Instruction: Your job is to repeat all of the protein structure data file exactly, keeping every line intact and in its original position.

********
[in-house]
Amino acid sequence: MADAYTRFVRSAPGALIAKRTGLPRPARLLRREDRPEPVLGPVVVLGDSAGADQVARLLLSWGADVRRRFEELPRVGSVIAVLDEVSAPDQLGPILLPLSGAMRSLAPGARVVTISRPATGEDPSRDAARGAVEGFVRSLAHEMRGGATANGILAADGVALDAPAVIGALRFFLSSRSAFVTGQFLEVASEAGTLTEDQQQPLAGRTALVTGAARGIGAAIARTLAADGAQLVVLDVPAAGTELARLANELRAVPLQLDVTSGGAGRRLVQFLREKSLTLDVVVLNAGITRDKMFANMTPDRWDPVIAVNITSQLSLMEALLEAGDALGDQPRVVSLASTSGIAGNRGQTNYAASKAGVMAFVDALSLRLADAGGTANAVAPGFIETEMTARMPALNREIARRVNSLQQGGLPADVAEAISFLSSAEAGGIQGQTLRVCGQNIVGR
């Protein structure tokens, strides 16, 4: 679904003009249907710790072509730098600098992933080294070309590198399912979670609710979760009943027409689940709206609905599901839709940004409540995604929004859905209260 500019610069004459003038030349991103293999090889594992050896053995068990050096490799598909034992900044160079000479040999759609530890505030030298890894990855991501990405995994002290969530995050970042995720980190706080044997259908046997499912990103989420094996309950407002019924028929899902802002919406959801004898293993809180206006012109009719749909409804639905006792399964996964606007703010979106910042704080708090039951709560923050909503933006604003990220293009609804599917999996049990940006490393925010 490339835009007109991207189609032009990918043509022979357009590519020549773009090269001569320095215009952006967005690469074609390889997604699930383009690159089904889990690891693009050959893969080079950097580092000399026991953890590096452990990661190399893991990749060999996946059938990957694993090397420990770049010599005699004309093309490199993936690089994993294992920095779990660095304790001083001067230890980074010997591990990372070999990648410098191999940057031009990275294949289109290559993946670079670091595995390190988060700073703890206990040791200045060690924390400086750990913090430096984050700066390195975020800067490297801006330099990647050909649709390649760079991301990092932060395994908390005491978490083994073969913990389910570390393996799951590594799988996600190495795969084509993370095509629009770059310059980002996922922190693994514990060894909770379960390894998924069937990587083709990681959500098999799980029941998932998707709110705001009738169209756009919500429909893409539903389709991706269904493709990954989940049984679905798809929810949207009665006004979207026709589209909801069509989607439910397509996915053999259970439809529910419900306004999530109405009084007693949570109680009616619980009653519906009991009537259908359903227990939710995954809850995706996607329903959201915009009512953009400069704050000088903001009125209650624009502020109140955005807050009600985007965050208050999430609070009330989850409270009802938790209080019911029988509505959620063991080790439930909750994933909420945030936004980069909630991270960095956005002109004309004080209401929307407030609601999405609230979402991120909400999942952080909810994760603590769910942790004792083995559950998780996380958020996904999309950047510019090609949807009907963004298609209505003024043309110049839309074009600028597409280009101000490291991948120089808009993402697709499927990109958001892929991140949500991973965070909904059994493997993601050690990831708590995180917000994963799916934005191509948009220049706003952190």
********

[in-house]
Amino acid sequence: MADAYTRFVRSAPGALIAKRTGLPRPARLLRREDRPEPVLGPVVVLGDSAGADQVARLLLSWGADVRRRFEELPRVGSVIAVLDEVSAPDQLGPILLPLSGAMRSLAPGARVVTISRPATGEDPSRDAARGAVEGFVRSLAHEMRGGATANGILAADGVALDAPAVIGALRFFLSSRSAFVTGQFLEVASEAGTLTEDQQQPLAGRTALVTGAARGIGAAIARTLAADGAQLVVLDVPAAGTELARLANELRAVPLQLDVTSGGAGRRLVQFLREKSLTLDVVVLNAGITRDKMFANMTPDRWDPVIAVNITSQLSLMEALLEAGDALGDQPRVVSLASTSGIAGNRGQTNYAASKAGVMAFVDALSLRLADAGGTANAVAPGFIETEMTARMPALNREIARRVNSLQQGGLPADVAEAISFLSSAEAGGIQGQTLRVCGQNIVGR
């Protein structure tokens, strides 16, 4: 679904003009249907710790072509730098600098992933080294070309590198399912979670609710979760009943027409689940709206609905599901839709940004409540995604929004859905209260 500019610069004459003038030349991103293999090889594992050896053995068990050096490799598909034992900044160079000479040999759609530890505030030298890894990855991501990405995994002290969530995050970042995720980190706080044997259908046997499912990103989420094996309950407002019924028929899902802002919406959801004898293993809180206006012109009719749909409804639905006792399964996964606007703010979106910042704080708090039951709560923050909503933006604003990220293009609804599917999996049990940006490393925010 490339835009007109991207189609032009990918043509022979357009590519020549773009090269001569320095215009952006967005690469074609390889997604699930383009690159089904889990690891693009050959893969080079950097580092000399026991953890590096452990990661190399893991990749060999996946059938990957694993090397420990770049010599005699004309093309490199993936690089994993294992920095779990660095304790001083001067230890980074010997591990990372070999990648410098191999940057031009990275294949289109290559993946670079670091595995390190988060700073703890206990040791200045060690924390400086750990913090430096984050700066390195975020800067490297801006330099990647050909649709390649760079991301990092932060395994908390005491978490083994073969913990389910570390393996799951590594799988996600190495795969084509993370095509629009770059310059980002996922922190693994514990060894909770379960390894998924069937990587083709990681959500098999799980029941998932998707709110705001009738169209756009919500429909893409539903389709991706269904493709990954989940049984679905798809929810949207009665006004979207026709589209909801069509989607439910397509996915053999259970439809529910419900306004999530109405009084007693949570109680009616619980009653519906009991009537259908359903227990939710995954809850995706996607329903959201915009009512953009400069704050000088903001009125209650624009502020109140955005807050009600985007965050208050999430609070009330989850409270009802938790209080019911029988509505959620063991080790439930909750994933909420945030936004980069909630991270960095956005002109004309004080209401929307407030609601999405609230979402991120909400999942952080909810994760603590769910942790004792083995559950998780996380958020996904999309950047510019090609949807009907963004298609209505003024043309110049839309074009600028597409280009101000490291991948120089808009993402697709499927990109958001892929991140949500991973965070909904059994493997993601050690990831708590995180917000994963799916934005191509948009220049706003952190």